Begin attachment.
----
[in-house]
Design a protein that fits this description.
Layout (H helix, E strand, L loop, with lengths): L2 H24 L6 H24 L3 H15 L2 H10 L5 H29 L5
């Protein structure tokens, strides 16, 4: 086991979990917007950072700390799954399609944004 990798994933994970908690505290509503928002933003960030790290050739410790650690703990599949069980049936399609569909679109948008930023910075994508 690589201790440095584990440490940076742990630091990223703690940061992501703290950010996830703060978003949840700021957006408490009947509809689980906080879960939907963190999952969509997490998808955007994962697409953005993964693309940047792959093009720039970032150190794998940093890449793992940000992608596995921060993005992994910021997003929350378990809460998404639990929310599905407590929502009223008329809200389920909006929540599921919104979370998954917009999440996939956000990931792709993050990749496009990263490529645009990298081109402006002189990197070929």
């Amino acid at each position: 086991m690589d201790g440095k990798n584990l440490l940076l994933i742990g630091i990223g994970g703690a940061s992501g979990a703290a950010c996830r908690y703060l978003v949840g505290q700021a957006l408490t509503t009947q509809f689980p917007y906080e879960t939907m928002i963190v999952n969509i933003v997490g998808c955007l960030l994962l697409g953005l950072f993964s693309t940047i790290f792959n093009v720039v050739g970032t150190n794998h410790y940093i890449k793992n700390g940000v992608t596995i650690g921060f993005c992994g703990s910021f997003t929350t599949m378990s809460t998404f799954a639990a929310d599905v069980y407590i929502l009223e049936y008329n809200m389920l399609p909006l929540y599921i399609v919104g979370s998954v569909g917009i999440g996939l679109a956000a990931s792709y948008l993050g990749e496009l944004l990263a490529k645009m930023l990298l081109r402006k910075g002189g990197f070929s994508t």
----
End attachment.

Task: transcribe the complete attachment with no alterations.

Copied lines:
[in-house]
Design a protein that fits this description.
Layout (H helix, E strand, L loop, with lengths): L2 H24 L6 H24 L3 H15 L2 H10 L5 H29 L5
């Protein structure tokens, strides 16, 4: 086991979990917007950072700390799954399609944004 990798994933994970908690505290509503928002933003960030790290050739410790650690703990599949069980049936399609569909679109948008930023910075994508 690589201790440095584990440490940076742990630091990223703690940061992501703290950010996830703060978003949840700021957006408490009947509809689980906080879960939907963190999952969509997490998808955007994962697409953005993964693309940047792959093009720039970032150190794998940093890449793992940000992608596995921060993005992994910021997003929350378990809460998404639990929310599905407590929502009223008329809200389920909006929540599921919104979370998954917009999440996939956000990931792709993050990749496009990263490529645009990298081109402006002189990197070929």
């Amino acid at each position: 086991m690589d201790g440095k990798n584990l440490l940076l994933i742990g630091i990223g994970g703690a940061s992501g979990a703290a950010c996830r908690y703060l978003v949840g505290q700021a957006l408490t509503t009947q509809f689980p917007y906080e879960t939907m928002i963190v999952n969509i933003v997490g998808c955007l960030l994962l697409g953005l950072f993964s693309t940047i790290f792959n093009v720039v050739g970032t150190n794998h410790y940093i890449k793992n700390g940000v992608t596995i650690g921060f993005c992994g703990s910021f997003t929350t599949m378990s809460t998404f799954a639990a929310d599905v069980y407590i929502l009223e049936y008329n809200m389920l399609p909006l929540y599921i399609v919104g979370s998954v569909g917009i999440g996939l679109a956000a990931s792709y948008l993050g990749e496009l944004l990263a490529k645009m930023l990298l081109r402006k910075g002189g990197f070929s994508t």